US pharmaceutical giant Pfizer announced Monday that it had reached a deal to buy biotech firm Seagen, specializing in innovative cancer treatment, for $43 billion.
Pfizer is offering $229 per share in cash, and the companies expect to complete the transaction later this year or in early 2024, they said in a statement.
“Pfizer is deploying its financial resources to advance the battle against cancer,” said Pfizer CEO Albert Bourla.
“Oncology continues to be the largest growth driver in global medicine, and this acquisition will enhance Pfizer’s position in this important space,” Bourla added.
Seagen — leading in the research, development and commercialization of cancer treatments — is growing, with a 12 percent increase in revenue forecast this year to $2.2 billion.
The company, headquartered in Washington state, came to major drugmakers’ attention with its work on antibody-drug conjugates (ADCs) that are “designed to preferentially kill cancer cells.”
The agreement has been approved by the boards of both firms, and will be subject to regulatory and shareholder approvals.
A deal would have to pass heightened scrutiny from antitrust regulators.
The Biden administration has also been seeking to keep down drug prices.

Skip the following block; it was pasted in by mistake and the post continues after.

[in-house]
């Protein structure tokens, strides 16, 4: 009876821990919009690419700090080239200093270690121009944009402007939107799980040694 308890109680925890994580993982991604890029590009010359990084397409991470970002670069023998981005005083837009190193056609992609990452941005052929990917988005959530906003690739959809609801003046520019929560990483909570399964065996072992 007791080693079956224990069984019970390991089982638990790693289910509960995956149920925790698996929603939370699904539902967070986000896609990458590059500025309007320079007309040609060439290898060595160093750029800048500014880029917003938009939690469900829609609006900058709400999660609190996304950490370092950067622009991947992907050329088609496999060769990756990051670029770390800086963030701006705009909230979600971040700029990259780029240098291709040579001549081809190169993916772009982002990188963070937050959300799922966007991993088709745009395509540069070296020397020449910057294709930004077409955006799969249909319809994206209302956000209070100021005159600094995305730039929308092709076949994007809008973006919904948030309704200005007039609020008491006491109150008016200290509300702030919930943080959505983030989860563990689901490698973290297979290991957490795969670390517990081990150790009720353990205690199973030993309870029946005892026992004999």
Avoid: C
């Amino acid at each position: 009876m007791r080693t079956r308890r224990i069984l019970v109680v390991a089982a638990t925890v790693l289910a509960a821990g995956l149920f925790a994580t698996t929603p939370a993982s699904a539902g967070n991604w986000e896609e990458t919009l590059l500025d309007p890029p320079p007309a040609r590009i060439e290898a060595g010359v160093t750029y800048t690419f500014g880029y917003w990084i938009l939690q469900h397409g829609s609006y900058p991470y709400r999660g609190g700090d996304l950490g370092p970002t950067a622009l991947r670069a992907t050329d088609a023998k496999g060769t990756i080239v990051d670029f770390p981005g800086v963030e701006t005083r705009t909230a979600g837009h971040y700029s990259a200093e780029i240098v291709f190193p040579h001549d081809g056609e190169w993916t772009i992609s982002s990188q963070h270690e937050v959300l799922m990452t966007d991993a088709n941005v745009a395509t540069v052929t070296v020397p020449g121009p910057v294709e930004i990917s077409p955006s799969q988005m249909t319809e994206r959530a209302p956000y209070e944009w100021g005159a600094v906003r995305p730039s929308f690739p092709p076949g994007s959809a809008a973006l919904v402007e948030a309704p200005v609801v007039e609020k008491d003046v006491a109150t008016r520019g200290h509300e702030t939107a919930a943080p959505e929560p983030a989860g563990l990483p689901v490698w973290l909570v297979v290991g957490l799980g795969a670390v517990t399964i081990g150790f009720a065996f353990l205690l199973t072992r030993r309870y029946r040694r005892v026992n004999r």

Pfizer expects to finance the deal through $31 billion of new long-term debt and a “combination of short-term financing and existing cash.”
For now, Pfizer Oncology has a portfolio of 24 approved innovative cancer medicines that generated $12.1 billion in 2022, it said.
The deal with Seagen would double Pfizer’s early-stage oncology clinical pipeline, the pharmaceutical firm added.
“The addition of Seagen’s world-leading ADC technology will position us at the forefront of innovative cancer care,” said Chris Boshoff, Pfizer’s chief development officer of oncology and rare disease.
Seagen CEO David Epstein added that “the proposed combination with Pfizer is the right next step for Seagen to further its strategy.”
According to reports, Pfizer competitor Merck was in talks with Seagen previously but these did not go through.
Pfizer expects that Seagen may contribute more than $10 billion in risk-adjusted revenues in 2030, “with potential significant growth beyond 2030,” the company said.
Seagen’s portfolio includes three products with ADCs, including Padcev, which is used for the treatment of urothelial cancer.
The US Food and Drug Administration is looking into combining Padcev with Merck’s Keytruda in treating patients with advanced bladder cancer who are not eligible for chemotherapy.